Michigan State during his freshman season. He hit a hard line drive
up the middle for a sharp single in the seventh, and is a player to
watch at the college level the next 2-3 years.
First baseman Trevor Podratz claimed
the home run derby prior to the game with a perfect approach for such
an event. He swung on roughly every third or fourth pitch, saving
his strength while waiting for exactly the type of pitch he could
drive to the short porch in left centerfield. Podratz played for the powerful San Diego Show travel ball program in high school.
Turning to the pitchers, 11 of the 22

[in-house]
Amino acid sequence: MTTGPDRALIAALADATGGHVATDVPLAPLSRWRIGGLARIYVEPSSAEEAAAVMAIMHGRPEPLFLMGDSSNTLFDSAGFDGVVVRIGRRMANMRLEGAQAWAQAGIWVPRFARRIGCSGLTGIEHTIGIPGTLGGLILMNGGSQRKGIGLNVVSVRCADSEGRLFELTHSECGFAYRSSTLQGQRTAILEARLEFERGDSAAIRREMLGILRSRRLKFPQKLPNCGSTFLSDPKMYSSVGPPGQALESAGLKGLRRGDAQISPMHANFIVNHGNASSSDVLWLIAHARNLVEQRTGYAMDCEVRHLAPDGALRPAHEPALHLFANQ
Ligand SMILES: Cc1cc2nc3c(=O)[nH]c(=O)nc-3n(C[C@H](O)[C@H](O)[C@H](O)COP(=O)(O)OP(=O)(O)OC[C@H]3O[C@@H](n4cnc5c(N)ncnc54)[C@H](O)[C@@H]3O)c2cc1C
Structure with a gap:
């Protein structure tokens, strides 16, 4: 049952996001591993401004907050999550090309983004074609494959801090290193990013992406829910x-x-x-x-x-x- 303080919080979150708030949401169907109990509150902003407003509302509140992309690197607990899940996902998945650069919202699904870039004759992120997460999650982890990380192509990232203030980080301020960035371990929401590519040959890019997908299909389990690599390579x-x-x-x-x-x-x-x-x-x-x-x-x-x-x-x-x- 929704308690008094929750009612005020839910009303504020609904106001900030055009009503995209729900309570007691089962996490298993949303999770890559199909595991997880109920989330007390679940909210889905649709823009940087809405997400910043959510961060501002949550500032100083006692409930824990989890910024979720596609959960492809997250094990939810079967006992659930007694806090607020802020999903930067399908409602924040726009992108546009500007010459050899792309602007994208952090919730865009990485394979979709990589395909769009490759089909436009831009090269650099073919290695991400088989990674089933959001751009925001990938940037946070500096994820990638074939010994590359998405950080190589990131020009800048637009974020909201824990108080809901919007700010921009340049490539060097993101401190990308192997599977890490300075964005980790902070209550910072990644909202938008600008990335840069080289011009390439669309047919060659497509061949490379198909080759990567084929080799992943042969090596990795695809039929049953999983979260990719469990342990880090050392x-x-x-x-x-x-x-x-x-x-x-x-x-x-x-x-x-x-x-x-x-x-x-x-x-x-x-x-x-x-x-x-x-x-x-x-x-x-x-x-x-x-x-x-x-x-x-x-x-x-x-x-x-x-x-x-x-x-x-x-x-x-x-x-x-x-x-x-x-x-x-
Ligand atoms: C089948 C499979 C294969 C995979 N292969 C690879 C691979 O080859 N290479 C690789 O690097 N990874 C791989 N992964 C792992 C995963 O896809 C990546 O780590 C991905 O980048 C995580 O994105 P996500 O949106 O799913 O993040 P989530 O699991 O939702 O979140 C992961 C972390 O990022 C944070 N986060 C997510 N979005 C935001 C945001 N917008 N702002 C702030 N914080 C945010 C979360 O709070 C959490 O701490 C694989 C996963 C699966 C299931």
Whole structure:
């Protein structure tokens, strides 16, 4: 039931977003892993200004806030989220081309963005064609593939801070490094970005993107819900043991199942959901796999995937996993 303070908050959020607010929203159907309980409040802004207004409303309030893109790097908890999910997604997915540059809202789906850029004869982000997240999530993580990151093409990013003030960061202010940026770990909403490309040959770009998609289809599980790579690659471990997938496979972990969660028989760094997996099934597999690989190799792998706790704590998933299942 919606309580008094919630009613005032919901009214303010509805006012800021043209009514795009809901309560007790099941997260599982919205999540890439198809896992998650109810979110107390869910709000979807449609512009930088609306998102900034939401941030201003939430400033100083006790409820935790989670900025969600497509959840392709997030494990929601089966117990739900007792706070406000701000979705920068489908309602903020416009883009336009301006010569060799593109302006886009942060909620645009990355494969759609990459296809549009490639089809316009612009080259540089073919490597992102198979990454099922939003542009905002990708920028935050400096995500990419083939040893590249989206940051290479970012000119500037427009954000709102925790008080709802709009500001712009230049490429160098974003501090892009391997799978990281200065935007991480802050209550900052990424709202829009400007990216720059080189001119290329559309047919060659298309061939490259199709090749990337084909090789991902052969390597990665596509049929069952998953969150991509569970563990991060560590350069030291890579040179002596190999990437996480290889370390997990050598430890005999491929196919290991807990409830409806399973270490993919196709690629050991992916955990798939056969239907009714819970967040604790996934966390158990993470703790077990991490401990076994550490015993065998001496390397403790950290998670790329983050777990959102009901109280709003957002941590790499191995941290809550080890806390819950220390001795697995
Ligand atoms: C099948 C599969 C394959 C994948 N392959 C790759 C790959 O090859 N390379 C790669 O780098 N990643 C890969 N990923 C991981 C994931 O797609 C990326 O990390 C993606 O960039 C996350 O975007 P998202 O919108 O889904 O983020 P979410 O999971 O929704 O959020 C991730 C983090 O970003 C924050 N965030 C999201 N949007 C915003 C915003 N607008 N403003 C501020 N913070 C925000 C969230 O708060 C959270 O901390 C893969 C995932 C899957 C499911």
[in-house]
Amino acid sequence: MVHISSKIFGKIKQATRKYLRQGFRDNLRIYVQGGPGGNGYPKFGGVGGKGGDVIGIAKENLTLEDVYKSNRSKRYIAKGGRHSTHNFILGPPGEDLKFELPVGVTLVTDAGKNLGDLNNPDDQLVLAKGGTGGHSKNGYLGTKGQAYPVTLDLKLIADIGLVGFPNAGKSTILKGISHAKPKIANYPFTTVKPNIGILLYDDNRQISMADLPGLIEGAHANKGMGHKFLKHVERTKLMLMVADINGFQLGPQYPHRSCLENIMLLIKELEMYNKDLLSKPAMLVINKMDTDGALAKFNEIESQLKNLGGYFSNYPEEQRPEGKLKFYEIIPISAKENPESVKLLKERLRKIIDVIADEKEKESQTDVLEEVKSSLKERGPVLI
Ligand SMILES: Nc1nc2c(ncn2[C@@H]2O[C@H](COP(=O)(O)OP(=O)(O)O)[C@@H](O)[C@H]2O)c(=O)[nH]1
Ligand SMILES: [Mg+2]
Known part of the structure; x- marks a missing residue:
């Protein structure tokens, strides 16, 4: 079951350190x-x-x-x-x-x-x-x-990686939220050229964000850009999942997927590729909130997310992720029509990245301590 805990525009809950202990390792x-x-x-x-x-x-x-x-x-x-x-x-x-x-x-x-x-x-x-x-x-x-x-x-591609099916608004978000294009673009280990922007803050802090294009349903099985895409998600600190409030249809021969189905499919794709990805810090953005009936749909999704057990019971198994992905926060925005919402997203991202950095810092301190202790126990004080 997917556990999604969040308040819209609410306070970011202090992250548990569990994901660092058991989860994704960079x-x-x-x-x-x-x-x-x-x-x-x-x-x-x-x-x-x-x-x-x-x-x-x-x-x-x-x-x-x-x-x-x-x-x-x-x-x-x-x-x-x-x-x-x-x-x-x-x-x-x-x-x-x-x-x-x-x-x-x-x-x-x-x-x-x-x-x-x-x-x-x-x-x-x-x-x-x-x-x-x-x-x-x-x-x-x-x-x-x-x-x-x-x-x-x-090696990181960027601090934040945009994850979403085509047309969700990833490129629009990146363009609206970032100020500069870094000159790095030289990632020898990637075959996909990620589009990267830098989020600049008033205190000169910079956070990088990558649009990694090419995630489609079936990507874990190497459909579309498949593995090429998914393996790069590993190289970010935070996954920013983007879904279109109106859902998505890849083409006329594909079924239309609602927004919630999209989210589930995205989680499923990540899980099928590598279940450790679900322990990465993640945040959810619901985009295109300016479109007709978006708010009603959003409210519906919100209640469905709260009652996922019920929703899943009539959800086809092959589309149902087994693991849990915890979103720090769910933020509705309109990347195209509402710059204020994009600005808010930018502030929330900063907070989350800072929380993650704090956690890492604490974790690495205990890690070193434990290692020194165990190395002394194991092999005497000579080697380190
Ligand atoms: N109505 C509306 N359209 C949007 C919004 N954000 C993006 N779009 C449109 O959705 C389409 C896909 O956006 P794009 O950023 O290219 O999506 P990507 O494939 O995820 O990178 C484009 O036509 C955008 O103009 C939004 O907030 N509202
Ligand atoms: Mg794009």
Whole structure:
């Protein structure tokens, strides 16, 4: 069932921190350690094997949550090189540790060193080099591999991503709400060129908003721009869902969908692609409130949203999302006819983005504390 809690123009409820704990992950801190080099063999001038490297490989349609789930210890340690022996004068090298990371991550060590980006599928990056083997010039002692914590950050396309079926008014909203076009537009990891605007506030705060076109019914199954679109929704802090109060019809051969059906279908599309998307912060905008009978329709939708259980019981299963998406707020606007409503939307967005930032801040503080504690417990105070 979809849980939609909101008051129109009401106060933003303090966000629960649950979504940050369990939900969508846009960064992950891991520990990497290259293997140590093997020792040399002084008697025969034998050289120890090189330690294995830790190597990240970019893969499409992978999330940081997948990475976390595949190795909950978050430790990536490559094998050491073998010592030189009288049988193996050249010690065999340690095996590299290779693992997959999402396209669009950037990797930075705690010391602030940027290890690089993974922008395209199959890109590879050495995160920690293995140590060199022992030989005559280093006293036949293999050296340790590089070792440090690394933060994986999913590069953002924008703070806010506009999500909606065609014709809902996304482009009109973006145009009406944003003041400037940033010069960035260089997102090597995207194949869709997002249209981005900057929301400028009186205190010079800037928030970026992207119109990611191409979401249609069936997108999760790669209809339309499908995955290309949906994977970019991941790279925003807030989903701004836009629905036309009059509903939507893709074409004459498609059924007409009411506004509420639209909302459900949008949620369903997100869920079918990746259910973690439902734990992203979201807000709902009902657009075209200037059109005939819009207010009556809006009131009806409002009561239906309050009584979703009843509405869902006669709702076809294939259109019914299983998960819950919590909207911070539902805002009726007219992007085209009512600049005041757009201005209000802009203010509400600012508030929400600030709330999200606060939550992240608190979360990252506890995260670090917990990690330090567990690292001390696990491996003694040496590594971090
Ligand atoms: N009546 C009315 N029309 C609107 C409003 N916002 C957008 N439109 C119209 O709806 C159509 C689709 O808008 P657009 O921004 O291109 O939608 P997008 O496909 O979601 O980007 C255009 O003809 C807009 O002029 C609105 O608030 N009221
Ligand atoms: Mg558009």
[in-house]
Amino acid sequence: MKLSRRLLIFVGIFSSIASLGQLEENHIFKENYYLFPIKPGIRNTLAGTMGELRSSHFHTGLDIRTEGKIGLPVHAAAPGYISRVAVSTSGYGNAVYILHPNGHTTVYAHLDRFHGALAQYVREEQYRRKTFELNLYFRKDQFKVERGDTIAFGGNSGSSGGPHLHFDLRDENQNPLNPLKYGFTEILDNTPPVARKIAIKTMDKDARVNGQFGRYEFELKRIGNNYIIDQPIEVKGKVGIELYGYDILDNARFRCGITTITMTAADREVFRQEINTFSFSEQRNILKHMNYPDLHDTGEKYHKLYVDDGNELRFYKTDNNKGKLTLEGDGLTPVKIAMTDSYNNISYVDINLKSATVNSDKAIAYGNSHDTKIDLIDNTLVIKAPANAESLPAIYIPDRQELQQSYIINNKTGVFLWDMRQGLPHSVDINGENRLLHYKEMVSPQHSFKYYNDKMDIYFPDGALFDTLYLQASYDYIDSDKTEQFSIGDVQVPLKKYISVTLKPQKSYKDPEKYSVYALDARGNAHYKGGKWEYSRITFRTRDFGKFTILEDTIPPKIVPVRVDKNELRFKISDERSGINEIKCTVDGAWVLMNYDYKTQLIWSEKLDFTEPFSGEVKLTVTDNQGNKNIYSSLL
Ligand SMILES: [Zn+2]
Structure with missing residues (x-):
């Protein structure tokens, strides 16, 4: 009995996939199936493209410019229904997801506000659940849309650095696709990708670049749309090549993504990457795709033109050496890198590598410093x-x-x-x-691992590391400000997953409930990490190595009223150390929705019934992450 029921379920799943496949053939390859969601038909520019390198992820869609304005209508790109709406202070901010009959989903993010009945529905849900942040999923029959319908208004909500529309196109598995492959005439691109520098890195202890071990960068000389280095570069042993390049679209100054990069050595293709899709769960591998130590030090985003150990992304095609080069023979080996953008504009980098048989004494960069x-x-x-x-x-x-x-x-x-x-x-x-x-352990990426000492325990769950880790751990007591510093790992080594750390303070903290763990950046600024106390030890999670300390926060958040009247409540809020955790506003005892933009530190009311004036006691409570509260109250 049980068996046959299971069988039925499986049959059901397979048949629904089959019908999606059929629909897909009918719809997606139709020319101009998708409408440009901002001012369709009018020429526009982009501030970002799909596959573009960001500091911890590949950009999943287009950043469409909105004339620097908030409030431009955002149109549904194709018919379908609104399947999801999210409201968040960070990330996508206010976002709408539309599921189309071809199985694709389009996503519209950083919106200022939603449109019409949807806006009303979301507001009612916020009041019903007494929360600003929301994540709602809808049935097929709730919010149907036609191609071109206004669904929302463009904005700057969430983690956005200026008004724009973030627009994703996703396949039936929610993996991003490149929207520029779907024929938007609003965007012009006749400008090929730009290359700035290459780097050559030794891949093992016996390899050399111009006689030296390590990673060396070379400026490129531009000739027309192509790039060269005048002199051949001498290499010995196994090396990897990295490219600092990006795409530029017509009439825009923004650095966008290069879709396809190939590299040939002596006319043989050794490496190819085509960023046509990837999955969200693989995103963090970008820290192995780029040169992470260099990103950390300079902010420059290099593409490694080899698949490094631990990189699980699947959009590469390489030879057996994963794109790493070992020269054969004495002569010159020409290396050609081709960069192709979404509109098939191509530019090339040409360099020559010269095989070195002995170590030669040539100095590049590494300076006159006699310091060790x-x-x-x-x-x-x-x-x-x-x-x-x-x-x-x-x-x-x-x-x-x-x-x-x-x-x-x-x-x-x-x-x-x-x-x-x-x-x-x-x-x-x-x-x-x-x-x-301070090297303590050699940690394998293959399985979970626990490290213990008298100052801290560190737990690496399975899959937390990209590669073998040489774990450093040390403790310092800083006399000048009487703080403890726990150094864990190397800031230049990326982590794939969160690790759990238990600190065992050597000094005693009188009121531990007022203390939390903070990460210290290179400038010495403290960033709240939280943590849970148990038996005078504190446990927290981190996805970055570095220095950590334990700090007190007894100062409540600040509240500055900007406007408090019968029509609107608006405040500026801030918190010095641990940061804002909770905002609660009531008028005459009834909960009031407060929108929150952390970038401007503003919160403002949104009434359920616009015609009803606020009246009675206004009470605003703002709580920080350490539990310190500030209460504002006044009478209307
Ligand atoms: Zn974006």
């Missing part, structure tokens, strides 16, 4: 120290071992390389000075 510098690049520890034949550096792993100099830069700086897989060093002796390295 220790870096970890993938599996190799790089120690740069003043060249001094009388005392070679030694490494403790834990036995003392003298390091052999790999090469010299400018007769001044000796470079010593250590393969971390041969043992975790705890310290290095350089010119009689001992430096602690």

players that took the mound in the game peaked at or above 90 mph,
highlighted by Anthony Bazzani's 95 mph mark. Bazzani was rated the
No. 3 prospect in the league a year ago, while Jordan Foley (94) and
Bradley Wallace (93) also approached the mid-90s. The number of hard
throwers in the game was a significant change from a year ago in
which very few hurlers hit or surpassed the 90 mph mark.
Bazzani was particularly impressive,
which makes it more curious why he fell to the 31st round
(Orioles) of this year's draft. He has great size at 6-foot-5,
215-pounds, and a power one-two punch. His first pitch was thrown at
94 mph and his best at 95 as noted above. He mixed in a power slider
at 78-80 mph that some have identified as a split-finger fastball,
and while he faced only two batters, they had no chance catching up
with his stuff. He currently has 13 saves and a 1.88 ERA this summer
after recording 12 saves last summer with the Alexandria Beetles.
Staying with the North squad,